1. Data Definition – A detailed description on each data field in the data source. The notations of the data points, the units that the data points have been measured would be the cases you should consider about.
  2. Data Visualization – Hundreds or thousands of numerical data points may not give a clear idea for you what the data is about or an idea about the shape of your data. You may able to find interesting subsets of your data after visualizing it. It’s really easy to see the clustering patterns or the trending nature of the data in a visualized plot.
  3. Statistical analysis – Starting from the simple statistical calculations such as mean, median; you can calculate the correlation between each data field and it will help you to get a good idea about the data distribution. Feature engineering to increase the accuracy of the machine learning model. For performing that a descriptive statistical analysis would be a great asset.

For data understanding, The Interactive Data Exploration, Analysis and Reporting tool (IDEAR) can be used without getting the hassle of doing all the coding from the beginning. (Will discuss on IDEAR in a long run soon)

Data Preparation –

Data preparation would take roughly 80% of your time of the process implying it’s the most vital part in building predictive models.

This is the phase where you convert the raw data that you got from the data sources for the final datasets that you use for building the ML models. Most of the data you got from raw sources like IoT sensors or collectives are filled with outliers, contains missing values and disruptions. In the phase of data preparation, you should follow data preprocessing tasks to make those data fields usable in modeling.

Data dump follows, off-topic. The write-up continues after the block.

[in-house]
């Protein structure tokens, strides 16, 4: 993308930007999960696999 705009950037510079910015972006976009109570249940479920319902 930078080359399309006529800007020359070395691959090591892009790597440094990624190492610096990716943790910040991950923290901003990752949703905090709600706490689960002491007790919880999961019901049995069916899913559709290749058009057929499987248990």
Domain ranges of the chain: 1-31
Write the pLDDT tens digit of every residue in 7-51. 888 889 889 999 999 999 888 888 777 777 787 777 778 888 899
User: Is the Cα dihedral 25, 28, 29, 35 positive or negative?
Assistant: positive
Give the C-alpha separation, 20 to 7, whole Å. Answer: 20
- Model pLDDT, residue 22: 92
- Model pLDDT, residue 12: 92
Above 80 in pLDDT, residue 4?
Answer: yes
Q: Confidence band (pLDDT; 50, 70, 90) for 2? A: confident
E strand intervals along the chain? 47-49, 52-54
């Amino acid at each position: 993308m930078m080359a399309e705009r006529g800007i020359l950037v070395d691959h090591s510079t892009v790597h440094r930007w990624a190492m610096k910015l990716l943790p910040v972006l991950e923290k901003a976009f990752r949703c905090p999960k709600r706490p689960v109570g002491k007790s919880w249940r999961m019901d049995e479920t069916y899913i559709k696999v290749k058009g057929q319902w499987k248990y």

Modeling –

Modeling is the part where algorithms comes to the scene. You can train and fit your data to a particular predictive model to perform the deserved prediction. You may need to check the math behind the algorithms sometimes to select the best algorithm that won’t overfit or underfit the model.

Different modeling methods may need data in different forms. So, you may need to revert back for the data preparation phase.

Evaluation –

Evaluation is a must before deploying a model. The objective of evaluating the model is to see whether the predictive model is meeting the business objectives that we’ve figured out in the beginning. The evaluation can be done with many parameter measures such as accuracy, AUC etc.

Evaluation may lead you to adjust the parameters of the model and might have to choose another algorithm that performs better. Don’t expect the machine learning model to be 100% accurate. If it is 100% most probably it would be an over fitted case.

Deployment –

Deployment of the machine learning model is the phase where the client, or the end user going to consume. In most of the cases, the predictive model would be a part of an intelligent application that acts as a service that gets a set of information and give a prediction as an output of that.

I would suggest you to deploy the module as a single component, so that it’s easy to scale as well as to maintain. APIs / Docker environments are some cool technologies that you can adopt for deploying machine learning models.

CRISP-DM won’t do all the magic of getting a perfect model as the output though it would definitely help you not to end up in a dead-end.

Democratizing Machine Learning with Cloud